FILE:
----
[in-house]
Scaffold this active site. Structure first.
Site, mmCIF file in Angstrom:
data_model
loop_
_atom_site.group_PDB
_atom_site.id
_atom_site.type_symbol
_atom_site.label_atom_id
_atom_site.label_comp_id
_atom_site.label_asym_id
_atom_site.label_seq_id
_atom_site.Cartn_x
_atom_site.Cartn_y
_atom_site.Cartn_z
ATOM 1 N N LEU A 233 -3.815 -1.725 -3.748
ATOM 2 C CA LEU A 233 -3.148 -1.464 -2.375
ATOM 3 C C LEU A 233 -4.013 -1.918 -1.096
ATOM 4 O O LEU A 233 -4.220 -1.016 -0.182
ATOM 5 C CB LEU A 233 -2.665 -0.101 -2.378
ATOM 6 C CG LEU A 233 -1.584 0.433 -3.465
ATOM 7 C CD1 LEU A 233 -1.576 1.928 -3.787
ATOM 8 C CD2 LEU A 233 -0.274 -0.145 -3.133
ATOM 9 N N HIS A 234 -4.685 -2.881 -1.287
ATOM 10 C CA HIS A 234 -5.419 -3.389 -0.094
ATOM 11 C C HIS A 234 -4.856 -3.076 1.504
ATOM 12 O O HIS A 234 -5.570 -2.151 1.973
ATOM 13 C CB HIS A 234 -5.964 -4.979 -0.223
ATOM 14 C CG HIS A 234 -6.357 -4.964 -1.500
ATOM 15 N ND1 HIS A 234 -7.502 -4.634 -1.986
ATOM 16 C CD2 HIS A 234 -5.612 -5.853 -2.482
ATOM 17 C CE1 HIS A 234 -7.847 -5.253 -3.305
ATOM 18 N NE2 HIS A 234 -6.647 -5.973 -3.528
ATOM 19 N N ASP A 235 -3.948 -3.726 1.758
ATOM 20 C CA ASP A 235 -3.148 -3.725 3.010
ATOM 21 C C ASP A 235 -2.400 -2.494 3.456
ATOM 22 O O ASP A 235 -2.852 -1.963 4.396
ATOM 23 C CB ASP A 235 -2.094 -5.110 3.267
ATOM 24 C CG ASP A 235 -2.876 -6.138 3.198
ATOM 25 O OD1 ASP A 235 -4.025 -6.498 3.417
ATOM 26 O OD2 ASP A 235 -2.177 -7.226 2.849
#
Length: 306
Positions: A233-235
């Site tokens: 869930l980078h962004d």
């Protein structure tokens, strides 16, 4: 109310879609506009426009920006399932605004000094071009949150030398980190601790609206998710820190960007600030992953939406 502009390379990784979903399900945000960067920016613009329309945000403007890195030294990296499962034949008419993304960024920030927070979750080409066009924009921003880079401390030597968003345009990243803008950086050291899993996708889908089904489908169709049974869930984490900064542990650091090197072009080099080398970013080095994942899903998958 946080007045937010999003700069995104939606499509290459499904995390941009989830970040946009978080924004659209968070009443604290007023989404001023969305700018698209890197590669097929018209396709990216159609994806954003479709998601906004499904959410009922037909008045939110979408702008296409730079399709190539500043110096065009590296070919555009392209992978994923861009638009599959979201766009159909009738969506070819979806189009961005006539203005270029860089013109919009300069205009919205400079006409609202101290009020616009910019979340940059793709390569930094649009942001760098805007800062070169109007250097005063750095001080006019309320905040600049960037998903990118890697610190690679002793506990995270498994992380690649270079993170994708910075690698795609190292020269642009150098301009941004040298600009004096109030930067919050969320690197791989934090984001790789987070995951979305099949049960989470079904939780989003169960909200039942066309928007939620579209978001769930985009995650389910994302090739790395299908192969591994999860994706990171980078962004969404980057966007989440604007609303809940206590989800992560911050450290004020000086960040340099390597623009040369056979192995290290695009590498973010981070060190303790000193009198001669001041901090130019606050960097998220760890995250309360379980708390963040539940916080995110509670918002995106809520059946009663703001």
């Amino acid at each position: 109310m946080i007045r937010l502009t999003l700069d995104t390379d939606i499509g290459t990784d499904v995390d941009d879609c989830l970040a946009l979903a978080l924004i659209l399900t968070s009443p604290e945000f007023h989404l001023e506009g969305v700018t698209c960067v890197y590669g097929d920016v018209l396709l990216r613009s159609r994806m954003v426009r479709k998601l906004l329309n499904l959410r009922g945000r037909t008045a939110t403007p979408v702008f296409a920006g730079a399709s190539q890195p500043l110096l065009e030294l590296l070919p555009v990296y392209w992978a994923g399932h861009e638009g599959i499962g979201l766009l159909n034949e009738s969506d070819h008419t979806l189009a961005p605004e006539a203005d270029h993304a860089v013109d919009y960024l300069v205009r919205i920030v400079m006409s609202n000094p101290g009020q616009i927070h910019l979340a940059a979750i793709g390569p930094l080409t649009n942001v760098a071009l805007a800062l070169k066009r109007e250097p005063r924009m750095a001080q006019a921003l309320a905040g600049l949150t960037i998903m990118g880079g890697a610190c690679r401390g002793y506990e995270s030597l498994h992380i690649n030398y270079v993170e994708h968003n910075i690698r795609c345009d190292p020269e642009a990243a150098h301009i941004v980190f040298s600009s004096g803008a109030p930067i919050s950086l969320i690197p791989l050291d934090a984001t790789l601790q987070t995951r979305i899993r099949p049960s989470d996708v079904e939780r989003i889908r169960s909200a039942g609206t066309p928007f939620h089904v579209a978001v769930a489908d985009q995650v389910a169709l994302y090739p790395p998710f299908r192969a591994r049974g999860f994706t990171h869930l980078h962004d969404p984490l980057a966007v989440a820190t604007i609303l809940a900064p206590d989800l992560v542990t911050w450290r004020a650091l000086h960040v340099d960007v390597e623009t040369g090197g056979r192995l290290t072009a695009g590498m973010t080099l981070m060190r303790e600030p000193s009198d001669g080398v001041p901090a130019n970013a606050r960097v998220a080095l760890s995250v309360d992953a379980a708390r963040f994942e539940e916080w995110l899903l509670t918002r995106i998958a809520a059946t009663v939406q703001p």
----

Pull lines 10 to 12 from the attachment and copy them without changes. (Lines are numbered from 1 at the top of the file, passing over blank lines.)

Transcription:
_atom_site.label_comp_id
_atom_site.label_asym_id
_atom_site.label_seq_id